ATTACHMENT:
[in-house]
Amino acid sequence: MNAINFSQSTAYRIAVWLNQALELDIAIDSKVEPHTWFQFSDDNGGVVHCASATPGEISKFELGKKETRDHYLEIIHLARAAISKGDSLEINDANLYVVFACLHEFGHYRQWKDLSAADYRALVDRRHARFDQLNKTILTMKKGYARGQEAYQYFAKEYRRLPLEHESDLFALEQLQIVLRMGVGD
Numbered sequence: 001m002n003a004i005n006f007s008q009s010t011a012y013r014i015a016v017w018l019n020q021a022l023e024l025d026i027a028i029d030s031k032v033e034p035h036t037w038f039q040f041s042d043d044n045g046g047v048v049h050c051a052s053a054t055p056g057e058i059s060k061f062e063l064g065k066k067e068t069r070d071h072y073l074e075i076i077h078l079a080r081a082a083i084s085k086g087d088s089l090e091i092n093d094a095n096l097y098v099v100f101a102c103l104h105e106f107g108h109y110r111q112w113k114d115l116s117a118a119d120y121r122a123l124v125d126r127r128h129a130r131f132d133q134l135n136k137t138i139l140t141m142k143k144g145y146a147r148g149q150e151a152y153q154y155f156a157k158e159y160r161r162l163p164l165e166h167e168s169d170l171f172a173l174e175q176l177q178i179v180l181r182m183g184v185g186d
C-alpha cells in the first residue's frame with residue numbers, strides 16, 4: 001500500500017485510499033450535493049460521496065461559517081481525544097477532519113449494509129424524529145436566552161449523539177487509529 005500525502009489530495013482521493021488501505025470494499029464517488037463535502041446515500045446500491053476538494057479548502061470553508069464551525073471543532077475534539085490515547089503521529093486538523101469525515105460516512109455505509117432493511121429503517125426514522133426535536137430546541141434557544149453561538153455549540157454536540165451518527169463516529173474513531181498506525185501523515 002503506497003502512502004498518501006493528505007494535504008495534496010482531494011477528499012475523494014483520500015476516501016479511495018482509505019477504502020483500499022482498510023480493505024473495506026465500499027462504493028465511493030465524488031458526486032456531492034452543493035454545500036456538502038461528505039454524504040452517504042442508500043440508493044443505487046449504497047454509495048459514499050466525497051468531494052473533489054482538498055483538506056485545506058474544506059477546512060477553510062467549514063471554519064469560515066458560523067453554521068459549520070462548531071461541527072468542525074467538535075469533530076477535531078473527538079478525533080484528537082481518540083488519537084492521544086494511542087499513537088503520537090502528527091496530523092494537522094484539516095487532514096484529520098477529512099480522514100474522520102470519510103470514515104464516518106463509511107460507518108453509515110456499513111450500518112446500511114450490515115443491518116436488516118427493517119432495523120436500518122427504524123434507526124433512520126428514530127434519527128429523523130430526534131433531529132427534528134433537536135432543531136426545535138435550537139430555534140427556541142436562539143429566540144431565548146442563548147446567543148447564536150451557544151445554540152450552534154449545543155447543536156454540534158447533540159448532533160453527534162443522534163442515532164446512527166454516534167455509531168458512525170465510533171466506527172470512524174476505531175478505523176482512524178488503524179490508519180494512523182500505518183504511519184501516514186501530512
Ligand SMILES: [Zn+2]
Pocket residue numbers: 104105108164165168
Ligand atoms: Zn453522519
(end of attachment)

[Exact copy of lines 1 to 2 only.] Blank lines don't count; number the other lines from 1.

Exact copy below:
[in-house]
Amino acid sequence: MNAINFSQSTAYRIAVWLNQALELDIAIDSKVEPHTWFQFSDDNGGVVHCASATPGEISKFELGKKETRDHYLEIIHLARAAISKGDSLEINDANLYVVFACLHEFGHYRQWKDLSAADYRALVDRRHARFDQLNKTILTMKKGYARGQEAYQYFAKEYRRLPLEHESDLFALEQLQIVLRMGVGD